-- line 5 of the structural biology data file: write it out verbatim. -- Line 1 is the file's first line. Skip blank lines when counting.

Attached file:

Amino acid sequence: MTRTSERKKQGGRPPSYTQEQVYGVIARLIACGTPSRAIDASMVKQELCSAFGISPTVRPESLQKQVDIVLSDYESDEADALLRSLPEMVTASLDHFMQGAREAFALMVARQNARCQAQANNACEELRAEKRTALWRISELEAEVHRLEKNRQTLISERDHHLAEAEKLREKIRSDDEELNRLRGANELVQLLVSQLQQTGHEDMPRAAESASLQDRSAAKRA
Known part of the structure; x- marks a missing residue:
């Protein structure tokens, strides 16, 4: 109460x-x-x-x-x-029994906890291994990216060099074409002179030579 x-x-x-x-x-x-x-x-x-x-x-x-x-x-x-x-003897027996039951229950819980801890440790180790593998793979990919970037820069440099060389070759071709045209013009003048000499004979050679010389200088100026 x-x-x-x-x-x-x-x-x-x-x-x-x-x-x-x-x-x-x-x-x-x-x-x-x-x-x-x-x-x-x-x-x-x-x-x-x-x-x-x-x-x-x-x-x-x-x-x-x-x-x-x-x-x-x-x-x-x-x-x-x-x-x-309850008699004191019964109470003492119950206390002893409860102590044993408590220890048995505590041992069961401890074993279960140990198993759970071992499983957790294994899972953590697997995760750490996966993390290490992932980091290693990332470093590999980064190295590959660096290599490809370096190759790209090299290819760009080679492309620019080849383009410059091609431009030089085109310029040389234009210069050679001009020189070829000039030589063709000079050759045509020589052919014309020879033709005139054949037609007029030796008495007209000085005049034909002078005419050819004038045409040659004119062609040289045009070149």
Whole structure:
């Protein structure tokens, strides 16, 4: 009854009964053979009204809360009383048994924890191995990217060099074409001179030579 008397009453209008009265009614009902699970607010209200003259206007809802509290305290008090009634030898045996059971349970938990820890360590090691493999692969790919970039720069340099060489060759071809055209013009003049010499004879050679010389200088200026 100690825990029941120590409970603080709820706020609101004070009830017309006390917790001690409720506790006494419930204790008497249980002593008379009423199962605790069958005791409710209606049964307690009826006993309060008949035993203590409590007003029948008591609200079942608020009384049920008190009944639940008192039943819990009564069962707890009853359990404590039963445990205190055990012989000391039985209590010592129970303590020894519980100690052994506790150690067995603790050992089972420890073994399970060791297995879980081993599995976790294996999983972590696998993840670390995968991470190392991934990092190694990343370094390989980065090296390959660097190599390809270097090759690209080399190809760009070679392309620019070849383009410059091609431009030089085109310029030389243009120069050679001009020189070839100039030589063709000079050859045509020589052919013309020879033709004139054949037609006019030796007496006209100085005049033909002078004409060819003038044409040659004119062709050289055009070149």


């Protein structure tokens, strides 16, 4: 009854009964053979009204809360009383048994924890191995990217060099074409001179030579 008397009453209008009265009614009902699970607010209200003259206007809802509290305290008090009634030898045996059971349970938990820890360590090691493999692969790919970039720069340099060489060759071809055209013009003049010499004879050679010389200088200026 100690825990029941120590409970603080709820706020609101004070009830017309006390917790001690409720506790006494419930204790008497249980002593008379009423199962605790069958005791409710209606049964307690009826006993309060008949035993203590409590007003029948008591609200079942608020009384049920008190009944639940008192039943819990009564069962707890009853359990404590039963445990205190055990012989000391039985209590010592129970303590020894519980100690052994506790150690067995603790050992089972420890073994399970060791297995879980081993599995976790294996999983972590696998993840670390995968991470190392991934990092190694990343370094390989980065090296390959660097190599390809270097090759690209080399190809760009070679392309620019070849383009410059091609431009030089085109310029030389243009120069050679001009020189070839100039030589063709000079050859045509020589052919013309020879033709004139054949037609006019030796007496006209100085005049033909002078004409060819003038044409040659004119062709050289055009070149």